California wildfires: Communities pitch in to help their neighbors

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NAPA COUNTY, Ca. — It’s the flicker of hope that burns among the ashes of Northern California’s wildfires.

For the more than 20,000 who fled the Valley and Butte fires, much has been lost.

But, to them, much is also being given.

Sophie Lauterborn calls it a “tsunami of generosity.”

She lost her home in Middletown to the flames. A friend is putting her up.

The greater community has rallied around the victims, with both material and emotional support.

“I tell my friends, I haven’t seen anyone crying alone,” Lauterborn said. “I find a lot of resilience, fortitude and kindness.”

At the fair

Nowhere is the community’s outpouring more evident than at the Napa County Fairgrounds in Calistoga.

It’s home to an estimated 1,200 people. Many have little more than their cars and the clothes they’re wearing. It’s a tent city.

Bill Djernes, his daughter and his young grandson only had 10 minutes to escape the fire.

“So many people didn’t expect this to happen and even then once it started you thought, ‘oh no, no, no this isn’t real,'” he told CNN affiliate KGO. “You know, you either had to run or die, so we ran.”

The people in this makeshift community need the same things folks anywhere else would need: food, clothing, medicine, baby formula, even pet supplies.

The Red Cross and people from the area are meeting most of the needs.

Patricia Trimble said she had to help. She was a victim of last year’s Napa earthquake that did so much damage.

“People didn’t turn their backs on me,” Trimble told KGO. “I won’t turn my back on them.”

A quick cool down

Firefighters in Northern California have to like Wednesday’s forecast — a good chance of rain and temperatures in the 60s.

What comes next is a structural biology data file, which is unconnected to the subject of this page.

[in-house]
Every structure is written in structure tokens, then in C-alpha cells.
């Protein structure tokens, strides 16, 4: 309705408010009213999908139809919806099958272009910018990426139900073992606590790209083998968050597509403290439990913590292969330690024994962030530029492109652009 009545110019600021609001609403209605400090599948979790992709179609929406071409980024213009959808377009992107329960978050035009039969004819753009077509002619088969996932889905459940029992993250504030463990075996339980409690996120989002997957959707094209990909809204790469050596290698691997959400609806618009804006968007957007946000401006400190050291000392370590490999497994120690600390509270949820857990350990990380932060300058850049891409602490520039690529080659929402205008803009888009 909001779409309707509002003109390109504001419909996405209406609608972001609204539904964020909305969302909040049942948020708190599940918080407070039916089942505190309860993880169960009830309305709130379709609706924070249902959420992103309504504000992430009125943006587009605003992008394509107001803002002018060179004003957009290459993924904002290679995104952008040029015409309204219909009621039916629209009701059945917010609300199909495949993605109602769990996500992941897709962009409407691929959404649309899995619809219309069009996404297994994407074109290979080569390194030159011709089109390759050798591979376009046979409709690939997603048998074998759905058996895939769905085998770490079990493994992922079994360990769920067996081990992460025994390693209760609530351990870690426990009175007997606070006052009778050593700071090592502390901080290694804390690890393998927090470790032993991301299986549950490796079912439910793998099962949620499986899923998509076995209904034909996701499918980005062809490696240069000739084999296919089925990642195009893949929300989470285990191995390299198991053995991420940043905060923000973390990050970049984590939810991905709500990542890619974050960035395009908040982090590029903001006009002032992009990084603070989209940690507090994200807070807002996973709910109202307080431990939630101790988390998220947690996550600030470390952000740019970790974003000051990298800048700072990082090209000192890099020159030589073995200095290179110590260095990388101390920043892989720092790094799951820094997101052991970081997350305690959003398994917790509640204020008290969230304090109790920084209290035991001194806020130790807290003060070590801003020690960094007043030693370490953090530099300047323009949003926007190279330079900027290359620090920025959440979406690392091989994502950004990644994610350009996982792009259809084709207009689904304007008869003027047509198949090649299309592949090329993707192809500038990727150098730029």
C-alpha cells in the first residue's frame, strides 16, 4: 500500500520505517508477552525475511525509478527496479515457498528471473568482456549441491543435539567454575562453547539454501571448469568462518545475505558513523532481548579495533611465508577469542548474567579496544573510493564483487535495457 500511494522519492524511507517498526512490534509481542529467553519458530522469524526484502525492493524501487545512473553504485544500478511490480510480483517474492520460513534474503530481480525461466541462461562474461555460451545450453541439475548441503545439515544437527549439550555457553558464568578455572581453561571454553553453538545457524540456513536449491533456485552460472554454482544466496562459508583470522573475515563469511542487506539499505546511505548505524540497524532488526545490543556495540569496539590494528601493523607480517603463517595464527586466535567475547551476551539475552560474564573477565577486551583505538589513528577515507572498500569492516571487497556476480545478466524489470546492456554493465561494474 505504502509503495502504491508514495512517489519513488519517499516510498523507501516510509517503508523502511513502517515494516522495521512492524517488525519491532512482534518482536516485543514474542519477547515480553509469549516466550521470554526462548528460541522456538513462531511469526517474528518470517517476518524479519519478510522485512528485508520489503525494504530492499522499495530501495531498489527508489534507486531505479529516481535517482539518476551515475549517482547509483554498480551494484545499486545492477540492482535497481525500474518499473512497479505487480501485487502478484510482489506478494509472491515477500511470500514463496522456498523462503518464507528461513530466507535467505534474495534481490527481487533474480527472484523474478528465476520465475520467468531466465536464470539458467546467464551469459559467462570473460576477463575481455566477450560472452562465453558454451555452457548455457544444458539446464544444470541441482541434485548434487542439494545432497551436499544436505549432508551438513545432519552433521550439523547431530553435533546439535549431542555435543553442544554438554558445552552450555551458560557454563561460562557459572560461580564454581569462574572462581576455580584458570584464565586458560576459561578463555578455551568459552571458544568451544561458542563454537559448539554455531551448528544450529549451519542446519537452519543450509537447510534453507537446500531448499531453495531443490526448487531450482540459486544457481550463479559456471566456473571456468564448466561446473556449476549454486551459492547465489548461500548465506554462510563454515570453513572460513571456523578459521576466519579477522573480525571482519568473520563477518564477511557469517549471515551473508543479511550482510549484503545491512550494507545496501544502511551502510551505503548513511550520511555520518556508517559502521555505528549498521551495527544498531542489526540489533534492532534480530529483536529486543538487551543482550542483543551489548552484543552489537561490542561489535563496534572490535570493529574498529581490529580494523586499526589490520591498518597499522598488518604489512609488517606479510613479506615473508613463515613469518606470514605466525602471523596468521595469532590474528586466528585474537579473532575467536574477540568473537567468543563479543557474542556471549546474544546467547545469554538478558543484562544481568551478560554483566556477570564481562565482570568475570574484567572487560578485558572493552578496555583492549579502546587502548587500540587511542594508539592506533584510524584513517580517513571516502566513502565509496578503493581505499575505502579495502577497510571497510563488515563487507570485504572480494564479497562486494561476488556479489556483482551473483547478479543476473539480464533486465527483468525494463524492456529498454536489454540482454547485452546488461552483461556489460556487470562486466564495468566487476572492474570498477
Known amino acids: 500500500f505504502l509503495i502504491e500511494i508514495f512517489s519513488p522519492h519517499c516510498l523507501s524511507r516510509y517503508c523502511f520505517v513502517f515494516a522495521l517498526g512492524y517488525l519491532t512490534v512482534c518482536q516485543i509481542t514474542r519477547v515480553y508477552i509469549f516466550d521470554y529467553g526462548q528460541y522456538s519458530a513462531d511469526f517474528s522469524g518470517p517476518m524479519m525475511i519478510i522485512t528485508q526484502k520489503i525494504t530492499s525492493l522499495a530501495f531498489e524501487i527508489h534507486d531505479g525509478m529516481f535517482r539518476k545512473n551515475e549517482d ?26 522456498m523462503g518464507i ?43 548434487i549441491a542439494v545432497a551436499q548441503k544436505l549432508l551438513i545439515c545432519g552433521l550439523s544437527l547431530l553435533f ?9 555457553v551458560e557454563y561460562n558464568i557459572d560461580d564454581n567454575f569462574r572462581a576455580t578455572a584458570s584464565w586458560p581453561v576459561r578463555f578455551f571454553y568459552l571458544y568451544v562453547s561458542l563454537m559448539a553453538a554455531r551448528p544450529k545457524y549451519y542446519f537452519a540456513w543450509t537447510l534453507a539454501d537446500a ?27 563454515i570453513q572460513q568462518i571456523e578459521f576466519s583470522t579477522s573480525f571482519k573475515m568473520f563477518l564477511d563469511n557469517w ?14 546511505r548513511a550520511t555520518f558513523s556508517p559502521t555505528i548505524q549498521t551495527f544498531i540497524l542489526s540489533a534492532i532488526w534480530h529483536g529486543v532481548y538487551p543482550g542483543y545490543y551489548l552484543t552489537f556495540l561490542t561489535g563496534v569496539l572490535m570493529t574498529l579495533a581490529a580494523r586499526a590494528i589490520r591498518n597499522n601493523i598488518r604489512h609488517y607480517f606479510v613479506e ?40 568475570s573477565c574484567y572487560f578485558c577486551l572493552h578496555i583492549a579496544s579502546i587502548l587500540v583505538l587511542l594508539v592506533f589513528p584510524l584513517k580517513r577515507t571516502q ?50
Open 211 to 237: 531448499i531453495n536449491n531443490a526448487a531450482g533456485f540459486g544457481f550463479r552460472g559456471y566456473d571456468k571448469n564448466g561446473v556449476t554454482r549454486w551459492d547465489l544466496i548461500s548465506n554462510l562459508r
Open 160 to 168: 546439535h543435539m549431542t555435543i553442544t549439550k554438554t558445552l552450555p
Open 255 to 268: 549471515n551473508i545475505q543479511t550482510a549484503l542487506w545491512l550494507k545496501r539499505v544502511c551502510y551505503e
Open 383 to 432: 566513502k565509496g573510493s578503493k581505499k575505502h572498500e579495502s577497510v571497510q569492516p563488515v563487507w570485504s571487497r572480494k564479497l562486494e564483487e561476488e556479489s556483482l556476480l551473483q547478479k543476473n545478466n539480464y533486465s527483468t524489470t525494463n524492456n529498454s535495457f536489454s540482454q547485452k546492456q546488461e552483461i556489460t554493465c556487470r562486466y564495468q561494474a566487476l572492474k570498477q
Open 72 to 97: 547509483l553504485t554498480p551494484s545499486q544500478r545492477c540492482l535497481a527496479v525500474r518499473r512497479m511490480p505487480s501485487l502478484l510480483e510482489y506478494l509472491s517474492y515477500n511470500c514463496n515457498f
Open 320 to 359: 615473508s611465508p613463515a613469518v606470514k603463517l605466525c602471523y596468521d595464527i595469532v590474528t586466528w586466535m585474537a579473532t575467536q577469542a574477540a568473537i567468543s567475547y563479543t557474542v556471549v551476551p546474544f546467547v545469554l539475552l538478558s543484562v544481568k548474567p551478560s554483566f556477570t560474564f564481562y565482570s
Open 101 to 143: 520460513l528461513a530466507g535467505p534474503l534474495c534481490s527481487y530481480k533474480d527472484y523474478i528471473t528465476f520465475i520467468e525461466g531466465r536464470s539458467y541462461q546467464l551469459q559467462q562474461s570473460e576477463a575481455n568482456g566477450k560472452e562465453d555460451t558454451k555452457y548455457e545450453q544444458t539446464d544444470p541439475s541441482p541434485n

It should provide some welcome relief to the 7,500 battling the wildfires that have charred some 140,000 acres over the last week.

By the time the weekend comes, the forecast dries out and temperatures return to the 90s again.

Making progress

Even without the help of the weather, firefighters have been gaining ground.

The 67,220-acre Valley Fire is 30% contained.

The Butte Fire at 71,780 acres is 40% contained.

Keeping the faith

Back at the fairgrounds, volunteers are serving up food and distributing clothes. Musicians are hosting impromptu jam sessions.

“We’re just here to try to bring hope and encouragement, just a place for people that are kind of downcast right now,” said Dave Henderson.

Lauterborn said, despite losing her home at 69 years of age, she’s not about to give up.

“How’s the town going to recover?” she said, repeating the question she was asked. “I don’t know. Spirit, you know, the American frontier. That’s the theme right there.”

Providing funds

The Lake County Office of Emergency Services is asking those who want to help to consider making monetary donations through the Lake County Local Assistance program. Your donation will go directly toward fire recovery efforts.

Redwood Credit Union has established the Lake County Fire Victims Fund. All of the donations will go directly to aid victims and relief efforts in Lake County communities.

Finding victims

The American Red Cross has a “Safe and Well” website where evacuees can register to let their families know they are safe. If online access is not available, you can call 1-800-RED-CROSS (1-800-733-2767).

Social media helping animals

Many victims are turning to Facebook groups to locate and reconnect lost animals to their owners. Here are a few:

PET Lost and Found for Lake County Fires